The problem with Proton is the weak management and the failure to strike strategic alliance with strong foreign partners. Look and Hyundai, Kia, Daewoo and Samsung. They have team up with American jaggernauts and have grown stronger, more competitive and leaner.

If Proton is incapable to compete with global players, they should look into themselves and ask why. Mahaleel should shoulder the responsibility instead of blaming everyone. Why hide behind Mahathir and Why drag in Mahathir who has retired from politics to the front line?

Why blame Rafidah? Even if the claim that she had benefited from the AP system, it can only be: because the system has made it possible. Corruption? Oh, don't pick on her! The whole system is utterly corrupt and everyone within the system is just sharing the spoils.

If Pak Lah is serious about mitigating the kleptocratic system, he should start the house cleaning beginning from his home, his family and his party.

Apologise to Mahathir? What for? He was the boss for 22 years and he set up the AP system. It was known that such system would ultimately lead to such consequences as seen today.

Blame Mahathir? What for? He has done everything possible to bring up the Malays to what they are today. He has done everything possible to bring the Malays to the forefront of the world of economics and prosperity. Malays today are big time businessmen and millions have got university education. Isn't that proof of what he has done for the good of the Malays and the nation as a whole?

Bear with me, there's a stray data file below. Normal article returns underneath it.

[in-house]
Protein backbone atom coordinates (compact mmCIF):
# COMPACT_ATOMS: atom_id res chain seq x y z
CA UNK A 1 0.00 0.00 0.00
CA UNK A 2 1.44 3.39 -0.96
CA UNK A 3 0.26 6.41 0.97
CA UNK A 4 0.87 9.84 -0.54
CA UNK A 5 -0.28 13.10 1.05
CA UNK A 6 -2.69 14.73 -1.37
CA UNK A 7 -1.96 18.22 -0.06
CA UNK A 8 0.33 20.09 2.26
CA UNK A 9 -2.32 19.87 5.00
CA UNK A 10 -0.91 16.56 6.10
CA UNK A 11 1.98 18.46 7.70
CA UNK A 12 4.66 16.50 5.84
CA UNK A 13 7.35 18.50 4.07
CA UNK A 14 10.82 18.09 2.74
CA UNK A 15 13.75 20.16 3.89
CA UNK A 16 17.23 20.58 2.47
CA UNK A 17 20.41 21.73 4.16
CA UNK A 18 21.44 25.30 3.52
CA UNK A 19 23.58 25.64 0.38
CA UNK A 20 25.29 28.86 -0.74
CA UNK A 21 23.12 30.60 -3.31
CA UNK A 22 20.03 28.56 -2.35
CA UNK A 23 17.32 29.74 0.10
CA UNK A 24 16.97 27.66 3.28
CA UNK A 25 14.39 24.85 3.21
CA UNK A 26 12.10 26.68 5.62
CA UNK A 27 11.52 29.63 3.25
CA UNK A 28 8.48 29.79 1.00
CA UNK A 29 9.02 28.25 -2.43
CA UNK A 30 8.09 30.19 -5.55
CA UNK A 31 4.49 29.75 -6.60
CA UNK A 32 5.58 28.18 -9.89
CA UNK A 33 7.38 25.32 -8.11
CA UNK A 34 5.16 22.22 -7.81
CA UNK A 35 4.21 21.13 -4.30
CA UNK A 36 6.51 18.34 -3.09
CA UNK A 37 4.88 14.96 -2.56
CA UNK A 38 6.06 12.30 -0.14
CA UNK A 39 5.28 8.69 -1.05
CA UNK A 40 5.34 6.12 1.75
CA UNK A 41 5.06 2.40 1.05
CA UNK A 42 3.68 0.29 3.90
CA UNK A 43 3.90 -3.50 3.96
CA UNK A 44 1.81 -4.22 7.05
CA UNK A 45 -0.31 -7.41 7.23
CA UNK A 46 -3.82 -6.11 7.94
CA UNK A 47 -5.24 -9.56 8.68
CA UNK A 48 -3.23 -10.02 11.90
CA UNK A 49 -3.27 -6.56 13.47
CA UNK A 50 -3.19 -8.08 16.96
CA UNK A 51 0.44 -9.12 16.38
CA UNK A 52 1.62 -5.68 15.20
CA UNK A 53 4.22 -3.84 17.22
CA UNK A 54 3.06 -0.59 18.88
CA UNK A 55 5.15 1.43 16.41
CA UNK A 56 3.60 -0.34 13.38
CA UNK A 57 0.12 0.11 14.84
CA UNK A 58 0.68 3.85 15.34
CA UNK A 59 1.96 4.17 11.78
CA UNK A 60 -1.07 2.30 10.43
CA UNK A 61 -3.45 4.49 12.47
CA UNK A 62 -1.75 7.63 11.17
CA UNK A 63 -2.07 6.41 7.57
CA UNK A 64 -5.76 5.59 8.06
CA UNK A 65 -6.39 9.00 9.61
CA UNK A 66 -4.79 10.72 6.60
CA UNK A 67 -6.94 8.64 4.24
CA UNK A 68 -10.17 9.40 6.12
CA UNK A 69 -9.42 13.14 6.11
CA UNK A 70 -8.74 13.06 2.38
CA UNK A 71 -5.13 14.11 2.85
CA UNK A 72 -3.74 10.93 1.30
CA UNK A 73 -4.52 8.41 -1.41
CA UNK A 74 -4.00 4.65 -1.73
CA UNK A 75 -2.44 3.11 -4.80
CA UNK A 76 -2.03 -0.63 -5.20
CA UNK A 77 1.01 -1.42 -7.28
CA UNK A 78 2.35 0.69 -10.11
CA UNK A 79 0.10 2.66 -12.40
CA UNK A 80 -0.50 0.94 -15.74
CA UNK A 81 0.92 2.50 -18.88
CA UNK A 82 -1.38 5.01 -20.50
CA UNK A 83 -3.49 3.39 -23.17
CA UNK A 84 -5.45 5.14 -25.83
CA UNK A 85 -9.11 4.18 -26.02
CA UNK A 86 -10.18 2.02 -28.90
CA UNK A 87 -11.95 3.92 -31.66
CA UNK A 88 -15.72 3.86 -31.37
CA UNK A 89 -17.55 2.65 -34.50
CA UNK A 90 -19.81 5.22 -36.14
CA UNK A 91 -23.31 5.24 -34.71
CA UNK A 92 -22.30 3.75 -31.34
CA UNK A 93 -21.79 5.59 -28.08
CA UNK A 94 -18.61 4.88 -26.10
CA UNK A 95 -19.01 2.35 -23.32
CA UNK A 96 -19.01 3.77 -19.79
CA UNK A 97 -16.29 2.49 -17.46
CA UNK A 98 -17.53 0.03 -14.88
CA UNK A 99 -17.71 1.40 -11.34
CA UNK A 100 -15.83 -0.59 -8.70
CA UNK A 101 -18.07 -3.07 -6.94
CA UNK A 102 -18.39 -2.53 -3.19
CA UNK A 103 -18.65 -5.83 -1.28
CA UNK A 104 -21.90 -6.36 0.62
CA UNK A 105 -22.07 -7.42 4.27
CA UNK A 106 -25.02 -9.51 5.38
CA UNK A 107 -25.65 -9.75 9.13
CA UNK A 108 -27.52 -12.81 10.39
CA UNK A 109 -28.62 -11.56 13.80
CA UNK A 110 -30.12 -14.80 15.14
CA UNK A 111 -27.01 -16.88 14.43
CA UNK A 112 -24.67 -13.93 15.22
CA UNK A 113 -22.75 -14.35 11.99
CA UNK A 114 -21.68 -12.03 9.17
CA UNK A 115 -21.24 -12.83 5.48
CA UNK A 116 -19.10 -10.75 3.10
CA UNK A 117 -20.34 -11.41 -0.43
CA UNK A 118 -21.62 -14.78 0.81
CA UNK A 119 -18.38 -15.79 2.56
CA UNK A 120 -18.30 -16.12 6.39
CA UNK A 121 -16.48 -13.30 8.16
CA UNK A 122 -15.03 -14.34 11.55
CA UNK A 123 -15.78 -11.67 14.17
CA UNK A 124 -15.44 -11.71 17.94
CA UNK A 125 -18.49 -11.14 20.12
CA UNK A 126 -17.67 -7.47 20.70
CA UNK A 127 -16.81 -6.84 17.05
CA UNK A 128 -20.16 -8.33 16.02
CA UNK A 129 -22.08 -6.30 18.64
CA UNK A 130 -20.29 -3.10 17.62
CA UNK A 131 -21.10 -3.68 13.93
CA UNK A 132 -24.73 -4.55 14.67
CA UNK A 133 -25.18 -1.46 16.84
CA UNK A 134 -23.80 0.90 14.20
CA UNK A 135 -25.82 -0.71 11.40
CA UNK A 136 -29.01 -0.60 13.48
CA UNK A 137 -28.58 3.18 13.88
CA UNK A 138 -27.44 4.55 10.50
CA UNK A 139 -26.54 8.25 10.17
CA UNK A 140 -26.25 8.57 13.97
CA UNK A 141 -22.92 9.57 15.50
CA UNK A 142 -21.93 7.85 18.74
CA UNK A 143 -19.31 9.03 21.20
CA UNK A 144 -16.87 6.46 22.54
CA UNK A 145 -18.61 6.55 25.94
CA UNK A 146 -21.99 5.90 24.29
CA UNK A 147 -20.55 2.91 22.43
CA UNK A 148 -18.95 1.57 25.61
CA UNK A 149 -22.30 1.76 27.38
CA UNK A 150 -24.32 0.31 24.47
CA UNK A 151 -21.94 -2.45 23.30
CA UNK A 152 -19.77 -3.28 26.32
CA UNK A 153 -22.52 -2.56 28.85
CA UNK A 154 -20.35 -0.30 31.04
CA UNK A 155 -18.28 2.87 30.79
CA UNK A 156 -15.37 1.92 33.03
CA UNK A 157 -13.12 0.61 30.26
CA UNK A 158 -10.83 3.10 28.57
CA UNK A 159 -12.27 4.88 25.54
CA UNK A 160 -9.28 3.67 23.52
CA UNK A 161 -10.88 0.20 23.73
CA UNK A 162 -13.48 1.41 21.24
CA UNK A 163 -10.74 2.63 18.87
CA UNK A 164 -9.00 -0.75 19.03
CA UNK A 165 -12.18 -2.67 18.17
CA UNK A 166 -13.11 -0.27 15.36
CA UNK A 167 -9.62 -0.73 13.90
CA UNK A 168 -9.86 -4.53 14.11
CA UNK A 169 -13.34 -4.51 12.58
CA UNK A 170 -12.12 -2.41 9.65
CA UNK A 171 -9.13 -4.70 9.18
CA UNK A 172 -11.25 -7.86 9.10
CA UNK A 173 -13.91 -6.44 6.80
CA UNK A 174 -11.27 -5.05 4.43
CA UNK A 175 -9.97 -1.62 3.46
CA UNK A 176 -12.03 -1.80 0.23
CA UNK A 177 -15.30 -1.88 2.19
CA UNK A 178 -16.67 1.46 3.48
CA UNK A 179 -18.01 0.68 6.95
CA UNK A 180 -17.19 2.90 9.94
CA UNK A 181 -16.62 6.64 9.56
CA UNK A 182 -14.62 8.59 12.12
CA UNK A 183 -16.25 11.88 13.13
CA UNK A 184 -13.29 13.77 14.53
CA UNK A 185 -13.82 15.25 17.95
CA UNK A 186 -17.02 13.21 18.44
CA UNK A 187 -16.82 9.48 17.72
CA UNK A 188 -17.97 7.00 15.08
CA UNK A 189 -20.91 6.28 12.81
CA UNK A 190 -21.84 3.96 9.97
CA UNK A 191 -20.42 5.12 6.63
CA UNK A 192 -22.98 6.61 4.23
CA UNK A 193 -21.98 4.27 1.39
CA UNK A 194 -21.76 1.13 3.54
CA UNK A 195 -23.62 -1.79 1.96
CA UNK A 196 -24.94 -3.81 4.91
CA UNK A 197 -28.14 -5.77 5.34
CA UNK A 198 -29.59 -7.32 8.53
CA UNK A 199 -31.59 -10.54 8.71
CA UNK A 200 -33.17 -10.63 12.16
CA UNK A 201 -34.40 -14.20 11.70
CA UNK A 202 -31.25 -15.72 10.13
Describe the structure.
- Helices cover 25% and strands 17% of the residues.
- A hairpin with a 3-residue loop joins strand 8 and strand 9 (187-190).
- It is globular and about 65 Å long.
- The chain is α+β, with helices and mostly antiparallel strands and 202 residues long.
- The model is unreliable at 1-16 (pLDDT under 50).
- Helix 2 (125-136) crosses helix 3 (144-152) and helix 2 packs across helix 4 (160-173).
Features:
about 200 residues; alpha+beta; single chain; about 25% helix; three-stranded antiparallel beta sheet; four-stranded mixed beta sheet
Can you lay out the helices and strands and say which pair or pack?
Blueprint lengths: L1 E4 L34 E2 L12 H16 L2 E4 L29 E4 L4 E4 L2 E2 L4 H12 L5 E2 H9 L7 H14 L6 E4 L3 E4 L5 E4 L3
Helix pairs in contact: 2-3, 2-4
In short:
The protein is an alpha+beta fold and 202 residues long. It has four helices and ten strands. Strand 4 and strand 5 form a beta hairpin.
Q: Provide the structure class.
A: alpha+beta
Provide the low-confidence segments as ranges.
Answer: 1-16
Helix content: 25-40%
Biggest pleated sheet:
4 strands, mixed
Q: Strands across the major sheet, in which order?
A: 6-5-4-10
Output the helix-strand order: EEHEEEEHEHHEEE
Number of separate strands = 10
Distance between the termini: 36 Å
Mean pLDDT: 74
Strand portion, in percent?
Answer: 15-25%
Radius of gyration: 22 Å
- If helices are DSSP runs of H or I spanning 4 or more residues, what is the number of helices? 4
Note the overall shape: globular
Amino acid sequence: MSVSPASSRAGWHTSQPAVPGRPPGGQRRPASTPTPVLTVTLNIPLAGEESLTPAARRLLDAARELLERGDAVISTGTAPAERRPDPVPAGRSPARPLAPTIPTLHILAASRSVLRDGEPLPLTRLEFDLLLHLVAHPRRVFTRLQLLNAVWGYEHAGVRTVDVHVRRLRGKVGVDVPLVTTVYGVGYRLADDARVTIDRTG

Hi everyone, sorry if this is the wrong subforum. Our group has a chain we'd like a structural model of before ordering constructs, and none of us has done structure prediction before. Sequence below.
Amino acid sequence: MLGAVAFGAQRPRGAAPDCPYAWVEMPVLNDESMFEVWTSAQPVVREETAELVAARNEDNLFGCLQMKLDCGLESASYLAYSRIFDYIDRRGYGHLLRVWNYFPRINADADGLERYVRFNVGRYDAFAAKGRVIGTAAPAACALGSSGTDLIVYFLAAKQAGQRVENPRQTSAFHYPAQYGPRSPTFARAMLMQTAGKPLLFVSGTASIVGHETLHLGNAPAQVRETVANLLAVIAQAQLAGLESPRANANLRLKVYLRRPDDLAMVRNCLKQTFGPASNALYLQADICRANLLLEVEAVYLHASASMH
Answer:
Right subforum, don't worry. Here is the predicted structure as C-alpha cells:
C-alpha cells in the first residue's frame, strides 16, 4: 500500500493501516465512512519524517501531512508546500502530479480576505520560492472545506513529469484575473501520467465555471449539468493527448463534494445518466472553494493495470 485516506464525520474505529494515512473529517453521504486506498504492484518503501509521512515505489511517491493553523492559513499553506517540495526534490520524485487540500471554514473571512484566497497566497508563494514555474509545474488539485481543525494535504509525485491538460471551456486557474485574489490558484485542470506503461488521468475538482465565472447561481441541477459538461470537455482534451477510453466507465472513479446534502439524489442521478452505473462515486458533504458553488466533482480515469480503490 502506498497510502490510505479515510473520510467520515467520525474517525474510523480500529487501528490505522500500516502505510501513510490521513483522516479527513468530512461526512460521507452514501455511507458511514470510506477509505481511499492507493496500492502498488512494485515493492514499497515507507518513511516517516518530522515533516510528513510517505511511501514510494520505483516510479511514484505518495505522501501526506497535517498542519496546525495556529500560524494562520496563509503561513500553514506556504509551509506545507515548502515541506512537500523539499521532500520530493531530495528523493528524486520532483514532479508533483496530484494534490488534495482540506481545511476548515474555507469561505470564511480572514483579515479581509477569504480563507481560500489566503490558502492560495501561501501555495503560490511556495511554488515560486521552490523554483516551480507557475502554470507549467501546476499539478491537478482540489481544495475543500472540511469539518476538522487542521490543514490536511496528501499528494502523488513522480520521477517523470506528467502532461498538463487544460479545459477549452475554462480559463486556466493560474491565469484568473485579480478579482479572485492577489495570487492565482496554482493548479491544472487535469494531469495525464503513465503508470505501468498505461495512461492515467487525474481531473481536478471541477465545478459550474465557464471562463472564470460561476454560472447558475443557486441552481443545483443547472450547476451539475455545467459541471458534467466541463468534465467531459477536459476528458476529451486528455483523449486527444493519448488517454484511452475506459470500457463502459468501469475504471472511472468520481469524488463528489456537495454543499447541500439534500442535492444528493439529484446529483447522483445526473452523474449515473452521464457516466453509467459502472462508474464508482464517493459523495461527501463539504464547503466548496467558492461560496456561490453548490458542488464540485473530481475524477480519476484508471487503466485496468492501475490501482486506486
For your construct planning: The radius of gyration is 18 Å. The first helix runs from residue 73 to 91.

UMNO and the Malays must stop crushing their own people. They had crush Isa and now they are going to crush Rafidah. What good will it bring to the nation and to the Malays in particular?

Looking back is only good if the system is trying to learn from the past mistakes. Otherwise, it is more important to look forward and to make Malaysia a better nation for everyone.

Globalization and liberalization will devour us if we are not going to adopt and adapt. Meritocracy and Competence should be the maxim. Glocal or Glokal or Towering ... all these ... it won't work!

Think Global and Act Local - that's what we should do! Seek competency; seek meritocracy; built learning organization; seek knowledge; and most of all, seek virtue and seek God.

The current governmental and civil service system needs a complete overhaul. Every minister and top rank civil servant must shed their billionaire dream. The social fabric must be integrated and enhanced. There is no way forwward, until we are prepared to built a system based on competencies and meritocracy.

We can continue to shout rhetorics. We can continue to blame everyone for our failures. UMNO can continue to cry foul and blame meritocracy as discriminating. Another new UMNO manisfesto won't work. Another jargon from their leaders won't work.

ONLY Honesty, hardwork and a strong political will is all that's needed to see a better tommorrow.

Tuesday, July 19, 2005



Degrees from dubious universities under probe
By Koh Lay Chin

The Higher Education Ministry is now looking into complaint that two universities offering degrees from Cambridgeshire University and the Irish International University are not accredited or recognised in the UK, US and Ireland and that the institutions are bogus. The institution, NetAcademy Sdn Bhd, and Kolej Putra are the consultants appointed to conduct the courses offered by these universities and had applied to the ministry for official approval.

Another institution, Kolej Putra, also offers courses in collaboration with Cambridgeshire University.

According to a Kolej Putra officer, its courses in collaboration with Cambridgeshire University had been approved by the Education Ministry and were accredited by the Lembaga Akreditasi Negara (LAN).

NetAcademy, an MSC-status "education provider" approved by the government to provide e-learning are offering the MBA qualifications from these two universities.